Last month Axel Springer lost a court case against German software firm Eyeo, which makes the Adblock Plus browser. In May a Munich court ruled in favour of the start-up in a case brought by ProSiebenSat.1 and RTL Group.

And the publisher of German newspapers Handelsblatt and Die Zeit lost a similar case in a Hamburg court. Several appeals are pending.

Micron and Western Digital want SanDisk

Posted: 14 Oct 2015 01:30 AM PDT

Sandisk extreme SSDsChipmaker Micron and hard disk drive maker Western Digital are in talks with memory chip maker SanDisk about a possible acquisition.

SanDisk is valued at about $12.6 billion and has hired a bank to help with the process. No decision has been made and the talks may not result in a transaction, but things appear promising.

Shares of SanDisk rose 12 percent to $69.20 in extended trading on Tuesday. Micron was up 3 percent and Western Digital under one percent.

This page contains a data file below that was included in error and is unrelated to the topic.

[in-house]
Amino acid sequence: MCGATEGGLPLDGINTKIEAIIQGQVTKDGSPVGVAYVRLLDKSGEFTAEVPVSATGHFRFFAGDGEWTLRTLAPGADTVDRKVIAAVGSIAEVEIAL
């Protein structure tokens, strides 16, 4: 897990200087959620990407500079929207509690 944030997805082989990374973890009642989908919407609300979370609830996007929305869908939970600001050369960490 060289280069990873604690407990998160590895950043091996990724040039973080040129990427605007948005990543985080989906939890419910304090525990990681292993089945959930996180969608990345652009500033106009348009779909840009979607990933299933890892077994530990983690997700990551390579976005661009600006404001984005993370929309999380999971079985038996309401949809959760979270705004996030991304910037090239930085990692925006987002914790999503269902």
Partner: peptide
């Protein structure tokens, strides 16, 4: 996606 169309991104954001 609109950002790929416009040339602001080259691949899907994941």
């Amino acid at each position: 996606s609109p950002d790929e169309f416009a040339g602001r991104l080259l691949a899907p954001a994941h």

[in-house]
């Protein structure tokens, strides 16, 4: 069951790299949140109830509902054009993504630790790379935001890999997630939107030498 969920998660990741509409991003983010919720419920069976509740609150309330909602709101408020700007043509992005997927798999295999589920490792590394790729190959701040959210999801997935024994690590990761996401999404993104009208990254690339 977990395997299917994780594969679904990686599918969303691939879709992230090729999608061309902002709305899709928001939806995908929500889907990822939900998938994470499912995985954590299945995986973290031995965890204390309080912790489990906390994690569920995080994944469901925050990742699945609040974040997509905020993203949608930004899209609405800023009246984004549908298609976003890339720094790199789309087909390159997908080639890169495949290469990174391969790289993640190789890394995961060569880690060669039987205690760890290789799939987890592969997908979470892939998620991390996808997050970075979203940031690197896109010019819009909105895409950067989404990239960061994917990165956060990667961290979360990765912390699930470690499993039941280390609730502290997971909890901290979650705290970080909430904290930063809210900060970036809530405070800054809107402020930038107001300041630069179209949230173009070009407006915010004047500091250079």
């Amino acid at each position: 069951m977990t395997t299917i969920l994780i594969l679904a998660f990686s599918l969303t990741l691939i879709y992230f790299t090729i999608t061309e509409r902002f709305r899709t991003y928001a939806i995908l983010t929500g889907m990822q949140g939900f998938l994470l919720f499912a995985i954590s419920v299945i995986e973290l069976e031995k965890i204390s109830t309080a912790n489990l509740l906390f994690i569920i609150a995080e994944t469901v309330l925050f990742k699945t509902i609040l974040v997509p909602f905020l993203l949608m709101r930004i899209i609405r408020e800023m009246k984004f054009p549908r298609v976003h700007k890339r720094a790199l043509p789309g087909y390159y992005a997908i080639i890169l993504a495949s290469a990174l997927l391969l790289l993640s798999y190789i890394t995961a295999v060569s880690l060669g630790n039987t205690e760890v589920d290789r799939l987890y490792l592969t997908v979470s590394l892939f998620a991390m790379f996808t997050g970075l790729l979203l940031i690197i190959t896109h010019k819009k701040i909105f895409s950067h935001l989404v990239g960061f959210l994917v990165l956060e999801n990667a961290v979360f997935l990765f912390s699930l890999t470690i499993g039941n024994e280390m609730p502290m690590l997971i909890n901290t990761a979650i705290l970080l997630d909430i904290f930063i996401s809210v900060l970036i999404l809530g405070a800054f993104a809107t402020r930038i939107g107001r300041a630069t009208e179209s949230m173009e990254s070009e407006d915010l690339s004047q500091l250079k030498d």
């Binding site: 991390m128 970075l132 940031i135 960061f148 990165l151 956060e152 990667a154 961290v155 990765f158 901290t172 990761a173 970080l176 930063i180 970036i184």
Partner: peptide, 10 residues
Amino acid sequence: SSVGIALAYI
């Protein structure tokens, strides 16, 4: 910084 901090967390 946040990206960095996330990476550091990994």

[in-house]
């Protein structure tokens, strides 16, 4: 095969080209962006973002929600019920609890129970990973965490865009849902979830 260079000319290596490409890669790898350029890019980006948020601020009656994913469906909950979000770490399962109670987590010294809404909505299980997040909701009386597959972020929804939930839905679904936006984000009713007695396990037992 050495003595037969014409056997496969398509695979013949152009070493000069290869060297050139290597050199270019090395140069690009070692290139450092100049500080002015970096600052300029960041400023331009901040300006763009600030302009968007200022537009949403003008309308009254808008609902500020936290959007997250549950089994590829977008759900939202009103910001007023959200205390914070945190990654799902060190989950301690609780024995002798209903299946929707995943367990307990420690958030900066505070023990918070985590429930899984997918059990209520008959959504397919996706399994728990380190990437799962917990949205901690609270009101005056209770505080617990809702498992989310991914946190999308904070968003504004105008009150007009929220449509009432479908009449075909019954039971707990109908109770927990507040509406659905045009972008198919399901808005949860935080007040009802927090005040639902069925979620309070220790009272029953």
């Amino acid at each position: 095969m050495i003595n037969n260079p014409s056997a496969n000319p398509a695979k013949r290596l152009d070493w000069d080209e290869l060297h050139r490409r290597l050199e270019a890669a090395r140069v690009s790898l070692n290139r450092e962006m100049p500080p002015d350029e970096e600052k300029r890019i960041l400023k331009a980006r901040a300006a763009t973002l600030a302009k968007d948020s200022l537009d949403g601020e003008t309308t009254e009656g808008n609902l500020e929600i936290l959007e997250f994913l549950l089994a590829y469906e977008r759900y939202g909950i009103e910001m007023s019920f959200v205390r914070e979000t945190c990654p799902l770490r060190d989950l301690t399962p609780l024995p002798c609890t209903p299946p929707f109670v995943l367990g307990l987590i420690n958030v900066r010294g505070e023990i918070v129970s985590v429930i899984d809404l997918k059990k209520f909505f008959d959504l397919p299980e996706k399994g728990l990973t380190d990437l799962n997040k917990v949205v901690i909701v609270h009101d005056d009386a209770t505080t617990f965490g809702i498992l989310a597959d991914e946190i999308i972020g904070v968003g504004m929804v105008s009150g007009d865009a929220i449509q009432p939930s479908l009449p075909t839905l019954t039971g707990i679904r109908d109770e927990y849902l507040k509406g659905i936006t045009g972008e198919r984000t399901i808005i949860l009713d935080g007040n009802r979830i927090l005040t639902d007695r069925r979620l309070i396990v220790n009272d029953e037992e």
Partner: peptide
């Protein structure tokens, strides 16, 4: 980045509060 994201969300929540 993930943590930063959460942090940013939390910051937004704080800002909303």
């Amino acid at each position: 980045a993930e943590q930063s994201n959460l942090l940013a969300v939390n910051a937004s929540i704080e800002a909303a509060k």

Micron and Western Digital are an odd couple of buyers. Micron already has a significant flash memory operation.

Western Digital mainly makes traditional hard drives. SanDisk’s flash-memory chips are used in solid-state drives, which are faster and more reliable than traditional hard drives.

In fact, many expected a Chinese conglomerate to be a more interested party to potentially acquire SanDisk. China's government wants to step up its chip industry and has been tipped to buy SanDisk before.

Tsinghua Unigroup offered $23 billion for Micron, but the plan was been clouded by US security concerns. In the end Tsinghua invested $3.78 billion in Western Digital, worth a 15 percent stake.

Analysts have said the cash infusion could allow Western Digital to take bigger steps in flash and solid-state storage, its key interest areas.

SanDisk’s price is low. It has dropped about 37 percent year-to-date as the company dealt with falling prices in the flash memory market.